This allows us to distinguish some irrelevant counter-examples that were frequently mobilized by supporters of the American targeted killing program: the plan during the Second World War to kill Admiral Yamamoto involved Americans killing a particularly effective member of a belligerent nation’s armed forces for that reason (although this was still subject to the LOAC — had he been killed while hors de combat in a hospital bed, this would have been unlawful); likewise, Union soldiers killed Confederate soldiers during the Civil War on the battlefield not because they were suspected of crimes, or even because they were guilty of treason, but only because they were members of a hostile force. Conversely, it is quite unlikely that Lincoln even considered signing a warrant to send a kill team to assassinate Confederate sympathizers (as he even recognized that ordering them imprisoned without a right to habeas corpus was so constitutionally irregular as to require him to seek Congress’ forgiveness). This because it was once commonly understood that those accused of treason enjoy special protection under Anglo-American constitutional principles.
The abuse of the power to declare someone guilty of treason (or of being enemies of the state, etc.) is what motivated the most important (and enduring) clause of Magna Carta, which reads: “nor will we proceed with force against [any free man] or send others to do so, except by the lawful judgment of his peers and the law of the land.” (King John was thought to have sent assassins to kill his noble rivals, which allegedly included his nephew, Arthur of Brittany). This rejection of an prerogative to kill a troublesome individual became the cornerstone of a structure of constitutional limitations of the powers of government; until very recently, this right was considered inviolable.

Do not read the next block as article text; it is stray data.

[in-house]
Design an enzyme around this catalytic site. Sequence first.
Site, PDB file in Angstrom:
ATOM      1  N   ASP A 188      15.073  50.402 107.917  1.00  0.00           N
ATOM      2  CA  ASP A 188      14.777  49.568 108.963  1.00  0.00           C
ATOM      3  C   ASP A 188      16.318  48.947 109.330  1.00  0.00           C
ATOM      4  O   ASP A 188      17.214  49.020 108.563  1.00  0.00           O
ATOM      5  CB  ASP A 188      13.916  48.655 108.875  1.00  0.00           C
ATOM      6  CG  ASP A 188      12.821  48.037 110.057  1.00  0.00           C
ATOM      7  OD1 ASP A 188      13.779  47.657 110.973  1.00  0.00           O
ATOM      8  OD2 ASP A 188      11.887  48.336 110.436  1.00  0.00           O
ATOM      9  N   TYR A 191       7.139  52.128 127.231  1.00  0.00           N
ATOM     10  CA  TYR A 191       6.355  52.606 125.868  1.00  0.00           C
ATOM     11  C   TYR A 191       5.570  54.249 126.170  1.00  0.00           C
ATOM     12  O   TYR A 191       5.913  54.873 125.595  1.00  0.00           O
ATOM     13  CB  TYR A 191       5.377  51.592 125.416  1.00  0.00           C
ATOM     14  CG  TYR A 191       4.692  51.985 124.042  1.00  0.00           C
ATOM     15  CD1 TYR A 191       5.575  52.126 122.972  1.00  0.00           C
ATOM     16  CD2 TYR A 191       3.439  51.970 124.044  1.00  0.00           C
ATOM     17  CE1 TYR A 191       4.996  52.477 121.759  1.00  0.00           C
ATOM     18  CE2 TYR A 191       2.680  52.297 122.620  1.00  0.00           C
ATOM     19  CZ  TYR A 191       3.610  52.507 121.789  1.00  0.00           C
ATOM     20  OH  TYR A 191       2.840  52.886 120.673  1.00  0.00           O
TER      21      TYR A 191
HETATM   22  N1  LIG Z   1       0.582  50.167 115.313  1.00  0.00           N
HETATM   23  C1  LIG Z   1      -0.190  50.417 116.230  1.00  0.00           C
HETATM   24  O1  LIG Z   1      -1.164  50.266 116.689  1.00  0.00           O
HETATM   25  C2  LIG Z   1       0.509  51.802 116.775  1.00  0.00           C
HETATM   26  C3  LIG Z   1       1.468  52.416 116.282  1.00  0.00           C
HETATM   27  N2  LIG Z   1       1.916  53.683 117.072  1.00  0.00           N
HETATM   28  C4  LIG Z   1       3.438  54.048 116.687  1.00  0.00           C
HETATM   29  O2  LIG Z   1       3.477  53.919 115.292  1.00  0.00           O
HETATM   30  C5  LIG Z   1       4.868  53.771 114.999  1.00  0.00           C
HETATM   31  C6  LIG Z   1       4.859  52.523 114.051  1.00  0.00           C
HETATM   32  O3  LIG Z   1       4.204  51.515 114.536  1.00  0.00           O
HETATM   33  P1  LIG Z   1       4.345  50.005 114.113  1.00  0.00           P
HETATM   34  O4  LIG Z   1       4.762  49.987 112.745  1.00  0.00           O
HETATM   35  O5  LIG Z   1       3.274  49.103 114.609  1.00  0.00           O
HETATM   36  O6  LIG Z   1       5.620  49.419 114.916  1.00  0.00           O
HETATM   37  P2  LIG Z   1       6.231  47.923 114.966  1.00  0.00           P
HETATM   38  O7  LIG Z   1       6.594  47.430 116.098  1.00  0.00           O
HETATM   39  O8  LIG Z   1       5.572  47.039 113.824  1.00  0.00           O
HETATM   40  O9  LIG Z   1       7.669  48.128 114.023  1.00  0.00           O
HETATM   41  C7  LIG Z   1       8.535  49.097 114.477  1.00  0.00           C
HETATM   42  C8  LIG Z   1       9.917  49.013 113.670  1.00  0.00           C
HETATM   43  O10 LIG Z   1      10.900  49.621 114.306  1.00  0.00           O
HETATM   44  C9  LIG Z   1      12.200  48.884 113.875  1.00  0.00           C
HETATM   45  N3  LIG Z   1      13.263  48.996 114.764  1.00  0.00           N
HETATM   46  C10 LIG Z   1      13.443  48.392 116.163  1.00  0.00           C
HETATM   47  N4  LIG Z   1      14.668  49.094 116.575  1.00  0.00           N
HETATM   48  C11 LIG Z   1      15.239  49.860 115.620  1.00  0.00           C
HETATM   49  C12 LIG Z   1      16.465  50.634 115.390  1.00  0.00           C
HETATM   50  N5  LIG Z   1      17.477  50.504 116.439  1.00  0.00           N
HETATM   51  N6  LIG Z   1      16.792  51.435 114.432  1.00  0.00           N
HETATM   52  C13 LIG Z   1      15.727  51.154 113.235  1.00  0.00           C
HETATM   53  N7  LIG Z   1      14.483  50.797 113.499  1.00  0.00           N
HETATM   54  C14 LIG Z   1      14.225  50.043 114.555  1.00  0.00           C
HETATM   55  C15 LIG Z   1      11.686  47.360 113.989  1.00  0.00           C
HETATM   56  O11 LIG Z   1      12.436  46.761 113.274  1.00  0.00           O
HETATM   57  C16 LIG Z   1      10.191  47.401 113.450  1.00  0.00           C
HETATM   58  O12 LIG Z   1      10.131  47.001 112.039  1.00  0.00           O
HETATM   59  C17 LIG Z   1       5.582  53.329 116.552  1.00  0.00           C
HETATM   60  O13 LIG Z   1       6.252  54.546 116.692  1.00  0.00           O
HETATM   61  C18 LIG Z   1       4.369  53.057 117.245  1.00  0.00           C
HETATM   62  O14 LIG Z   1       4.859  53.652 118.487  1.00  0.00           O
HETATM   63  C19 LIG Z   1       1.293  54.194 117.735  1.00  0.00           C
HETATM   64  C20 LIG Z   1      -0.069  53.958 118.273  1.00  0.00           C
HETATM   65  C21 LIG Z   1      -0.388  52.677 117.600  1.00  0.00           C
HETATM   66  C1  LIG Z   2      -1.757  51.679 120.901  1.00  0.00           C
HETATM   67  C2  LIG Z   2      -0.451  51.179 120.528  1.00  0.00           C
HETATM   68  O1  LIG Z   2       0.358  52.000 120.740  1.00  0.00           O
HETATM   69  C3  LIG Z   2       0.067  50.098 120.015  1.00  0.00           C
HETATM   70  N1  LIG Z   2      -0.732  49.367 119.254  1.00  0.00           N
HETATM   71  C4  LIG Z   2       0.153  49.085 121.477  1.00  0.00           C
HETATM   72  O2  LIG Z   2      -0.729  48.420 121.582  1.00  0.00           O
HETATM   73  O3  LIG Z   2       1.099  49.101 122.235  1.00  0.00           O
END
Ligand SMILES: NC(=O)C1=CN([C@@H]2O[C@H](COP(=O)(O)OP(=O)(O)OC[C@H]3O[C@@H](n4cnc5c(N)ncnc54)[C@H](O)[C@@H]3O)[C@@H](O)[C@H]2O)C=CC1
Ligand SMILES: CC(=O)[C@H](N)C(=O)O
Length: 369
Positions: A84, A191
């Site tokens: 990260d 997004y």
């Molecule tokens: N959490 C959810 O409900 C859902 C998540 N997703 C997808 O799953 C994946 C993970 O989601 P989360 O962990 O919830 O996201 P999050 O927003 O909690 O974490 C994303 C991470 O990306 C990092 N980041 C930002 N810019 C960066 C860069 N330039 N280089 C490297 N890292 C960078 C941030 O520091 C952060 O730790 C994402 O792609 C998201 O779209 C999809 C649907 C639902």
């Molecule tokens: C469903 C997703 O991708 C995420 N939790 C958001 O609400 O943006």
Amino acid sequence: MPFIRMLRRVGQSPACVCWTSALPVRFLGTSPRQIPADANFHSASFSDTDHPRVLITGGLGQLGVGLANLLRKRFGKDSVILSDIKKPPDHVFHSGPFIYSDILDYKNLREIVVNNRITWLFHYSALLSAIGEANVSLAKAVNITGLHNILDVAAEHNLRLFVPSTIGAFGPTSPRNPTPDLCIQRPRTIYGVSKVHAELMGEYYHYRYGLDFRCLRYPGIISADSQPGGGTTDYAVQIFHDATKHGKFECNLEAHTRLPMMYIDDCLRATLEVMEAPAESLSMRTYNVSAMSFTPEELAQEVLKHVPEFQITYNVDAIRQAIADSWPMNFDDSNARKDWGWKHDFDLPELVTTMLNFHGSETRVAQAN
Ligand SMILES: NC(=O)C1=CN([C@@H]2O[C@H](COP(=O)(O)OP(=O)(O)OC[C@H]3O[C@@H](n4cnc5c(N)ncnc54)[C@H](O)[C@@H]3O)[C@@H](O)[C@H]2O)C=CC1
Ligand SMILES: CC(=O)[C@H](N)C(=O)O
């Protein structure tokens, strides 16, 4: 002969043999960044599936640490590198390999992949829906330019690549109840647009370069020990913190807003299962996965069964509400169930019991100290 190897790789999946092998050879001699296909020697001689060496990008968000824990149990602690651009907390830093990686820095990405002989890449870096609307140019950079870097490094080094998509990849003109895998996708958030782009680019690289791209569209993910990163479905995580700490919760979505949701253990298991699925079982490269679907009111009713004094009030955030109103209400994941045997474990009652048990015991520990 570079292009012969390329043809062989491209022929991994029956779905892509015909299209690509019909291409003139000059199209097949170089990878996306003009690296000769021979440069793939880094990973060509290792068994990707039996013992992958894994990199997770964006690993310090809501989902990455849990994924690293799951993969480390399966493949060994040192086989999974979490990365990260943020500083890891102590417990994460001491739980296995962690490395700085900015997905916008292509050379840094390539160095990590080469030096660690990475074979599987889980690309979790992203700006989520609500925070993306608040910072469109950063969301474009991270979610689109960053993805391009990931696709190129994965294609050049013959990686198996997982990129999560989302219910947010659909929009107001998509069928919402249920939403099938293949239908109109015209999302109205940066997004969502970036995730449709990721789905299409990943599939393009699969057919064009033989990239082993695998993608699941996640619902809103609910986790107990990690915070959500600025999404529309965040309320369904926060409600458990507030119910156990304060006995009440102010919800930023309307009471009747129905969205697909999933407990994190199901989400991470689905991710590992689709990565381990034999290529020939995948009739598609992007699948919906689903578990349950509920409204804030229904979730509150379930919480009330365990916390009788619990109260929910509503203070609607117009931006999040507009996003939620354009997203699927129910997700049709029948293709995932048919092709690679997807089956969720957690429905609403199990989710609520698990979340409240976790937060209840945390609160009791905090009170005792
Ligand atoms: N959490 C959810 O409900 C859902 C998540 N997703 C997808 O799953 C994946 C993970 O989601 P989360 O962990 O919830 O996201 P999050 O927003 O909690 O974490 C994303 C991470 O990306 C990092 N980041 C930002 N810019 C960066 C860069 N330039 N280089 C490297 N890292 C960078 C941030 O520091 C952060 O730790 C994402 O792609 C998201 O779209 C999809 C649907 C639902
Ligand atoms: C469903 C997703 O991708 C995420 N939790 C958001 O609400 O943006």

Unfortunately, what the Canadian Armed Forces did (and/or participated in) during the Syrian intervention has eroded this foundation. We know this because the released documents show that officials — we don’t yet know who — agreed that particular Canadian citizens could be marked out for death and then killed without any judicial involvement, despite the fact that they were considered troublesome primarily because they had allied themselves with our adversaries, the classic definition of treason. That is to say, they were accused of doing something akin to treason, but rather than being tried for this, they were summarily executed. I am sure that some people will argue that evidence might come out that they were carrying arms with ISIS — which, again, would only justify the fact that they were killed in combat operations, not of marking them out for death regardless of whether they were in combat or aiding those in combat. However, because of what we do know about the Syrian intervention, any such evidence would be irrelevant to the question of whether this was constitutional.